US embassy cable - 06CARACAS852

BRV COUNTERDRUG AMBIVALENCE

Identifier: 06CARACAS852
Wikileaks: View 06CARACAS852 at Wikileaks.org
Origin: Embassy Caracas
Created: 2006-03-28 19:45:00
Classification: SECRET
Tags: SNAR PREL PINR VZ
Redacted: This cable was not redacted by Wikileaks.
VZCZCXRO4814
PP RUEHAO
DE RUEHCV #0852/01 0871945
ZNY SSSSS ZZH
P 281945Z MAR 06
FM AMEMBASSY CARACAS
TO RUEHC/SECSTATE WASHDC PRIORITY 3857
INFO RUCNMEM/EU MEM COLLECTIVE PRIORITY
RUEHBO/AMEMBASSY BOGOTA PRIORITY 6221
RUEHBR/AMEMBASSY BRASILIA PRIORITY 5327
RUEHLP/AMEMBASSY LA PAZ PRIORITY 1832
RUEHPE/AMEMBASSY LIMA PRIORITY 0038
RUEHQT/AMEMBASSY QUITO PRIORITY 1906
RUEHME/AMEMBASSY MEXICO PRIORITY 3656
RUEHOT/AMEMBASSY OTTAWA PRIORITY 0639
RUEHBU/AMEMBASSY BUENOS AIRES PRIORITY 1101
RUEHSG/AMEMBASSY SANTIAGO PRIORITY 3389
RUEHMU/AMEMBASSY MANAGUA PRIORITY 1099
RUEHDG/AMEMBASSY SANTO DOMINGO PRIORITY 0081
RUEHAO/AMCONSUL CURACAO PRIORITY 0700
RUCNDT/USMISSION USUN NEW YORK PRIORITY 0046
RUEHMI/USOFFICE FRC FT LAUDERDALE PRIORITY 2944
RHEHNSC/NSC WASHDC PRIORITY
RUMIAAA/HQ USSOUTHCOM MIAMI FL PRIORITY
RUEHUB/USINT HAVANA PRIORITY 0599
S E C R E T SECTION 01 OF 02 CARACAS 000852 
 
SIPDIS 
 
SIPDIS 
 
HQSOUTHCOM ALSO FOR POLAD 
FOR FRC LAMBERT 
 
E.O. 12958: DECL: 03/28/2026 
TAGS: SNAR, PREL, PINR, VZ 
SUBJECT: BRV COUNTERDRUG AMBIVALENCE 
 
Classified By: AMBASSADOR WILLIAM F. BROWNFIELD FOR 1.5 (D) 
 
1. (C) SUMMARY: The BRV's CN relationship with us continues 
to be ambivalent.  On one hand, the Antidrogas command of the 
National Guard (GN) is increasingly willing to work with us 
within our Port Security Project, while BRV Drug Czar Luis 
Correa appears to be penalizing NGO Alianza for having too 
close of a relationship with us.  Correa insists that there 
is no persecution and that CN cooperation will rapidly take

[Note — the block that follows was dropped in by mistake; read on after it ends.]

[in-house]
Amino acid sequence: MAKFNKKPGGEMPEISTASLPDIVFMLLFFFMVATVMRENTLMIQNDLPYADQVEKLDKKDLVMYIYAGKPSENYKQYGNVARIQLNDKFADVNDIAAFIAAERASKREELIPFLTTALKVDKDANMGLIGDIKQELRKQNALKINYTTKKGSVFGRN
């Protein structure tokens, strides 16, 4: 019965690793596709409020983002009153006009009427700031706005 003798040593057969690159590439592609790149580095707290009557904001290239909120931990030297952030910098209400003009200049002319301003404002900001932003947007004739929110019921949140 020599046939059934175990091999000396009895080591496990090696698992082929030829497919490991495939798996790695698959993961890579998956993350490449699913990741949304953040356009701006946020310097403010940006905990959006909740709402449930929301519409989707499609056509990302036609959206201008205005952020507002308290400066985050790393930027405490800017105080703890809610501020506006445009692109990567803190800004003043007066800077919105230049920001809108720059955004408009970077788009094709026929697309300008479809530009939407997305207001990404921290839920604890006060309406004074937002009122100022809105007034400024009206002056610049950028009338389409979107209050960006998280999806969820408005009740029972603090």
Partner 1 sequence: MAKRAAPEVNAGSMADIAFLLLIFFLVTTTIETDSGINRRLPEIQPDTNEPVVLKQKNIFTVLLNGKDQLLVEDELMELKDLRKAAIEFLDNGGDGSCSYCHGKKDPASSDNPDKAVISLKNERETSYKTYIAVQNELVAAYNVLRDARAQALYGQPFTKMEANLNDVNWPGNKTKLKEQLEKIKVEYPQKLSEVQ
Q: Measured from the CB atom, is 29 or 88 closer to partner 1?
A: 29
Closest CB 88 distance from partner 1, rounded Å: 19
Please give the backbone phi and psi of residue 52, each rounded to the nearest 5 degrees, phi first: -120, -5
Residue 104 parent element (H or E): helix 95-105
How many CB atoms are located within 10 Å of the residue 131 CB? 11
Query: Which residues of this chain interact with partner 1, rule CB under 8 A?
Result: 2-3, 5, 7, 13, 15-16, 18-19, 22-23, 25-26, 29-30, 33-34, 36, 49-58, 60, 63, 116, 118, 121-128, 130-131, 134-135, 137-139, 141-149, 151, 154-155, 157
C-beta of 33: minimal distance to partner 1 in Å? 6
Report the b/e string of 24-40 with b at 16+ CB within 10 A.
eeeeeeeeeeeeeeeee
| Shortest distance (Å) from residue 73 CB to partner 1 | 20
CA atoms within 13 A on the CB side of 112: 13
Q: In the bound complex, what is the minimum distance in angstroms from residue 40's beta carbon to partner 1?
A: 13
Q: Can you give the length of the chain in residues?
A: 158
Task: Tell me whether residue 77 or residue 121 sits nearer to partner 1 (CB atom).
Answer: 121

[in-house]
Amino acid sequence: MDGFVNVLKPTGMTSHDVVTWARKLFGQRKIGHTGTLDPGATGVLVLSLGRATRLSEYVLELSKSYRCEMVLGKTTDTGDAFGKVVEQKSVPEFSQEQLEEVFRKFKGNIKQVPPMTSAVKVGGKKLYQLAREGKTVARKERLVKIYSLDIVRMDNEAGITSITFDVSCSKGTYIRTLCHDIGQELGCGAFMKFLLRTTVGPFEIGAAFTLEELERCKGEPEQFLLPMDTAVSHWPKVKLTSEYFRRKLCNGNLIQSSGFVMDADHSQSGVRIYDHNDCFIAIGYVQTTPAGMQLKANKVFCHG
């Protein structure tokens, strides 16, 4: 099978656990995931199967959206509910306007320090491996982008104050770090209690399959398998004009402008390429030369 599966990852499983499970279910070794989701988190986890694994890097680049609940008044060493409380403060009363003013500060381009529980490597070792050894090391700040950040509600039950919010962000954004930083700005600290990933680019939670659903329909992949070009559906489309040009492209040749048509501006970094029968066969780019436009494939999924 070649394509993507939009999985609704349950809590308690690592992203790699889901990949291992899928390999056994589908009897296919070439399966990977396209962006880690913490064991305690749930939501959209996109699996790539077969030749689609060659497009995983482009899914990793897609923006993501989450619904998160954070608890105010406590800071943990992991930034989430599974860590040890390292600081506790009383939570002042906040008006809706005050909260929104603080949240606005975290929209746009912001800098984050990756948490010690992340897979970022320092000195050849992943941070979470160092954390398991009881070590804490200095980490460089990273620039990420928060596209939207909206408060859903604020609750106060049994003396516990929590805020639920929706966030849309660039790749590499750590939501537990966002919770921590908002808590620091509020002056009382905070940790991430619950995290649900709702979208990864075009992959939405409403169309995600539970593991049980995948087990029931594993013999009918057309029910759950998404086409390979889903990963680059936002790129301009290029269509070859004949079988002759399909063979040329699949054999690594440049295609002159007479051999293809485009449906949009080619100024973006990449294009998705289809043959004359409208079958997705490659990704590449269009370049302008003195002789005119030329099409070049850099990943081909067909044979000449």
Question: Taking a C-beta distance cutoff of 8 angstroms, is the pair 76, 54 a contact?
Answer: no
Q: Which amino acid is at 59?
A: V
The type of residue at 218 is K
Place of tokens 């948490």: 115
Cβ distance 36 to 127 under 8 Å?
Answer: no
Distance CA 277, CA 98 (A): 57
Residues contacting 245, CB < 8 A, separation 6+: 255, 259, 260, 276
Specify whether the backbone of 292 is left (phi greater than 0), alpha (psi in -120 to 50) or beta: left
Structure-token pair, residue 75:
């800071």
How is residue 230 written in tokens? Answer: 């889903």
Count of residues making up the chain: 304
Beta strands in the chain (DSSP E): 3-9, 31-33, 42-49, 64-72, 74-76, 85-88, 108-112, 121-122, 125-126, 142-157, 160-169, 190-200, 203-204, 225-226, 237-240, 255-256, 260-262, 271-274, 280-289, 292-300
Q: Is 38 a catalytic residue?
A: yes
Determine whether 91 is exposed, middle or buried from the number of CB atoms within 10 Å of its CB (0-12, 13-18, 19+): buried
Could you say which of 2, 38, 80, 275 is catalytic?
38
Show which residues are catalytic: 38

off once the Addendum to the 1978 CN MOU is signed. END 
SUMMARY 
 
2. (U) Our only active project with the BRV is the Port 
Security Project.  This week small steps forward were 
achieved with the assistance of the National Guard (GN) 
Antidrogas command.  First, Antidrogas agreed to be formally 
named the end-user of a NAS funded container inspection 
machine, a requirement for importing the gamma source.  The 
machine is a loaner until we get our own and will be used in 
conjunction with our Puerto Cabello Container Inspection 
Facility (CIF).  Though agreeing to be the formal end-user 
may not seem like much, our BRV contacts have been wary of 
putting their names to any document which links them with the 
USG. 
 
3. (U) Also, after months of delay, Antidrogas finally 
authorized our CBP inspectors stationed in Puerto Cabello to 
conduct two days of training in Tachira, March 22-23.  The 
rudimentary course included analysis of travel and cargo 
documents, observational techniques, interviewing techniques, 
and inspection techniques.  The course was well attended and 
the students enthusiastic.  Demand for the class was such 
that not all could be accommodated, and we plan to return the 
week of April 9. 
 
4. (C) On March 14 the Ambassador hosted a fundraiser for 
Alianza para una Venezuela sin Drogas, a sister organization 
of Partnership for a Drug Free America.  Three hundred 
well-heeled members of the business and media were invited, 
more than 200 confirmed, but only about 75 showed up. 
Previous iterations of this same event have always been very 
well attended.  Several of the no-shows told Alianza they 
were apprehensive that attending an event at the U.S. 
Ambassador's residence could open them up to political 
persecution.  BRV Drug Czar Luis Correa was invited to the 
fundraiser but refused to attend, giving us the excuse that a 
member of Alianza's board of directors, Marcel Granier, was a 
coup-plotter.  (Note: Granier is prominent opposition figure 
who has fearlessly attacked the Chavez government.  He owns 
and directs the private television station RCTV.)